Jagdeo libel suit… Kissoon says racism findings supported by UN expert’s report

Newspaper columnist Freddie Kissoon on Monday said that he relied on the report of United Nations Independent Expert on Minority Issues Gay McDougall to substantiate his conclusions that former president Bharrat Jagdeo was an ideological racist.

He was at the time continuing his testimony in the High Court in the $10M libel case brought against him and the Kaieteur News by Jagdeo.
Kissoon, testifying before Justice Brassington Reynolds, stated that the findings of the report revealed that the Jagdeo-led government allowed Indians to dominate.

Kissoon, led in evidence by his attorney Nigel Hughes, said that he made reference to the 2008 McDougall report in his research essay, entitled ‘Ethnic Power and Ideological Racism: Comparing Presidencies in Guyana.’ The essay has already been admitted into evidence.

He said that the McDougall report is an UN-sponsored research into race discrimination and racial practices in Guyana. He said that the researcher does work for the UN and is considered to be a race relations expert.

According to Kissoon, the report was published and handed over to the Guyana government during Jagdeo’s tenure in office.

Jagdeo’s lead lawyer, Senior Counsel Bernard De Santos, objected to reference being made to race relations and race practices by the witness. He submitted that whatever is relied upon must be referenced, while adding that the front page of the document “speaks to other things.”
His objection was overruled.

Kissoon, after being shown and acknowledging a copy of the report, began to read specific paragraphs. De Santos again objected but Hughes submitted that his client was merely identifying his research and the material it contains.

Reading another section, Kissoon told the court that he relied on the report because it focused on how the Indians were allowed to dominate.

The report was first mentioned in September, 2011, during the cross-examination of Head of the Presidential Secretariat Dr. Roger Luncheon.

On that occasion, the report was tendered for identification purposes. The defence later signalled to the court that McDougall would be testifying via an audio-video link.

Meanwhile, Kissoon also continued testimony about irregularities at state institutions in which police investigations were not conducted, especially in cases where persons of Indian-descent were implicated.

He spoke of a report of irregularities committed by the Secretary to the Treasury Neermal Rekha, which was submitted to the Guyana Revenue Authority (GRA) Commis-sioner General by the internal audit department.

De Santos objected on the grounds that there was nothing to indicate that Rekha was guilty of any irregularities.

The senior counsel stated that Rekha worked at the Ministry of Finance while the document in question concerns the Ministry of Foreign Affairs. “Rekha is not answerable,” he stressed, while adding that what was being testified about was irrelevant.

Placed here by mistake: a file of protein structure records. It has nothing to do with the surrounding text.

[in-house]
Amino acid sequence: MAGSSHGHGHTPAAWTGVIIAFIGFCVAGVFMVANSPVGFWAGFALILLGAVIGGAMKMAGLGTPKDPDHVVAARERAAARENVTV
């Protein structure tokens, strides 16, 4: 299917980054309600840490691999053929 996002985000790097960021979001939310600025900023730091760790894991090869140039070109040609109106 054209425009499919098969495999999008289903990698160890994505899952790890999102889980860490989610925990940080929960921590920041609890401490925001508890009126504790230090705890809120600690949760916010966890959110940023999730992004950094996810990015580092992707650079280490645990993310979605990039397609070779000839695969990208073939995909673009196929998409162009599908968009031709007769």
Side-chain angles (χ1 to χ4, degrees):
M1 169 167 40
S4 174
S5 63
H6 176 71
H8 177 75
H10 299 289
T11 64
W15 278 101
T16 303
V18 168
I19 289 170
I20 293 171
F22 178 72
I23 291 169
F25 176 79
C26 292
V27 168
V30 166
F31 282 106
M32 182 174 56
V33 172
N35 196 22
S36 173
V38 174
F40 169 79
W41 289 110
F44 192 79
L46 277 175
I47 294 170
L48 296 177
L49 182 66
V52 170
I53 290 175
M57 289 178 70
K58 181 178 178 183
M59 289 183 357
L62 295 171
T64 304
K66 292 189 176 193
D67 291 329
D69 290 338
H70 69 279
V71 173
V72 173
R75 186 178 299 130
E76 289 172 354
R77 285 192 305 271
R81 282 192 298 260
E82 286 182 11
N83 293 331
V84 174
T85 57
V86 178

Hughes, in response, said that Kissoon is testifying that this was some of the information he relied upon for his research. He said that the report is being used as a source document. He added that Rekha is specifically mentioned as one the officers involved.

De Santos interjected, saying that all he is saying is that Rekha was never charged. He stressed that nowhere in the report is it stated that Rekha was guilty of any criminal offence.

He added that the report is saying that dates were changed and things backdated and stressed that this is why the report requested that a person from the Ministry of Foreign Affairs be questioned.

The judge, in response to the arguments raised by both sides, said that the primary thesis was that these matters were not investigated by the police. As a result, he said that he would overrule the objection. De Santos later made the observation, after Kissoon was shown a copy of the report, that it was unsigned.

Hughes told the court that he was tendering a document relied upon by Kissoon in his research.

The judge overruled De Santos’ objection, while adding that the court noted that the document is unsigned.

The report specifically mentioned Rekha in the discrepancies and irregularities. It was stated that the Commissioner of Police should be called in to investigate the matter but Kissoon said based on what he knows Rekha was never charged.

He said that he went to police headquarters Eve Leary to a particular officer to ascertain if Rekha was being investigated but did not get an answer.
Kissoon, Kaieteur News Editor Adam Harris and the National Media and Publishing Company Ltd, publisher of Kaieteur News, are named as defendants in the lawsuit, which was prompted by statements contained in the June 28, 2010 article ‘King Kong sent his goons to disrupt the conference.’
Besides Luncheon, two Office of the President media monitors have testified for Jagdeo, who has never attended any of the hearings.

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